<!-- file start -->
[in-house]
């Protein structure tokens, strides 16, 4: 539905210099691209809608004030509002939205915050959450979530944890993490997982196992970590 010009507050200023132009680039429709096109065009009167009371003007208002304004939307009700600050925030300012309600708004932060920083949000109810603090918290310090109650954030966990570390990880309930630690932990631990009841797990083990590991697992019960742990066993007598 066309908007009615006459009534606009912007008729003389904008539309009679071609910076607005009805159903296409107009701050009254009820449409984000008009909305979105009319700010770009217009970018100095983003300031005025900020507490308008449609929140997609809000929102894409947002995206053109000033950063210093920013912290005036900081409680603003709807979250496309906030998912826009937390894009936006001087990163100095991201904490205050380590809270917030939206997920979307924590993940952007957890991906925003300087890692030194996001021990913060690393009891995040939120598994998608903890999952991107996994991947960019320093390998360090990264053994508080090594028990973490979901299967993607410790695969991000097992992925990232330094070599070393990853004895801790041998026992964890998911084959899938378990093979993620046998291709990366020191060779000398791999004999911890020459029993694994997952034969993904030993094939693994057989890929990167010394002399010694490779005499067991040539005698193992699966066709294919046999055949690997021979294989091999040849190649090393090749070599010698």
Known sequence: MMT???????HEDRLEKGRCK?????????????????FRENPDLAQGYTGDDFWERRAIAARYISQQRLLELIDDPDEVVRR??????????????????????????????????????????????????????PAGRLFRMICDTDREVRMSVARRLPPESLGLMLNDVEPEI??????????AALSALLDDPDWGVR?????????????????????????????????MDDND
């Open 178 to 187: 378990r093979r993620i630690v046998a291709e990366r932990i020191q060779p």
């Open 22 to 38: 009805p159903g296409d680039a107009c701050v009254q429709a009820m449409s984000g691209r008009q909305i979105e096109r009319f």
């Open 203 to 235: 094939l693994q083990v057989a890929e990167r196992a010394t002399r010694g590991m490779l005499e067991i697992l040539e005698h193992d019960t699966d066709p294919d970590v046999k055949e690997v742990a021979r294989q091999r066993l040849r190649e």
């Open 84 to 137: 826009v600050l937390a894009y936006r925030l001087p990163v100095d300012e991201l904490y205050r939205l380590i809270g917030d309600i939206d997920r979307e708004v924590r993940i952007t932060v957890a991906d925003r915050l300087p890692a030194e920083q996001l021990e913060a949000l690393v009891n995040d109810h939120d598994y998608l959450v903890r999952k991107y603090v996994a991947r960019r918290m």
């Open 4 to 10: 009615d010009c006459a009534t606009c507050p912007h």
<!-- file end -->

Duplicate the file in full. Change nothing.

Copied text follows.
[in-house]
């Protein structure tokens, strides 16, 4: 539905210099691209809608004030509002939205915050959450979530944890993490997982196992970590 010009507050200023132009680039429709096109065009009167009371003007208002304004939307009700600050925030300012309600708004932060920083949000109810603090918290310090109650954030966990570390990880309930630690932990631990009841797990083990590991697992019960742990066993007598 066309908007009615006459009534606009912007008729003389904008539309009679071609910076607005009805159903296409107009701050009254009820449409984000008009909305979105009319700010770009217009970018100095983003300031005025900020507490308008449609929140997609809000929102894409947002995206053109000033950063210093920013912290005036900081409680603003709807979250496309906030998912826009937390894009936006001087990163100095991201904490205050380590809270917030939206997920979307924590993940952007957890991906925003300087890692030194996001021990913060690393009891995040939120598994998608903890999952991107996994991947960019320093390998360090990264053994508080090594028990973490979901299967993607410790695969991000097992992925990232330094070599070393990853004895801790041998026992964890998911084959899938378990093979993620046998291709990366020191060779000398791999004999911890020459029993694994997952034969993904030993094939693994057989890929990167010394002399010694490779005499067991040539005698193992699966066709294919046999055949690997021979294989091999040849190649090393090749070599010698």
Known sequence: MMT???????HEDRLEKGRCK?????????????????FRENPDLAQGYTGDDFWERRAIAARYISQQRLLELIDDPDEVVRR??????????????????????????????????????????????????????PAGRLFRMICDTDREVRMSVARRLPPESLGLMLNDVEPEI??????????AALSALLDDPDWGVR?????????????????????????????????MDDND
């Open 178 to 187: 378990r093979r993620i630690v046998a291709e990366r932990i020191q060779p």
């Open 22 to 38: 009805p159903g296409d680039a107009c701050v009254q429709a009820m449409s984000g691209r008009q909305i979105e096109r009319f």
């Open 203 to 235: 094939l693994q083990v057989a890929e990167r196992a010394t002399r010694g590991m490779l005499e067991i697992l040539e005698h193992d019960t699966d066709p294919d970590v046999k055949e690997v742990a021979r294989q091999r066993l040849r190649e």
């Open 84 to 137: 826009v600050l937390a894009y936006r925030l001087p990163v100095d300012e991201l904490y205050r939205l380590i809270g917030d309600i939206d997920r979307e708004v924590r993940i952007t932060v957890a991906d925003r915050l300087p890692a030194e920083q996001l021990e913060a949000l690393v009891n995040d109810h939120d598994y998608l959450v903890r999952k991107y603090v996994a991947r960019r918290m």
């Open 4 to 10: 009615d010009c006459a009534t606009c507050p912007h």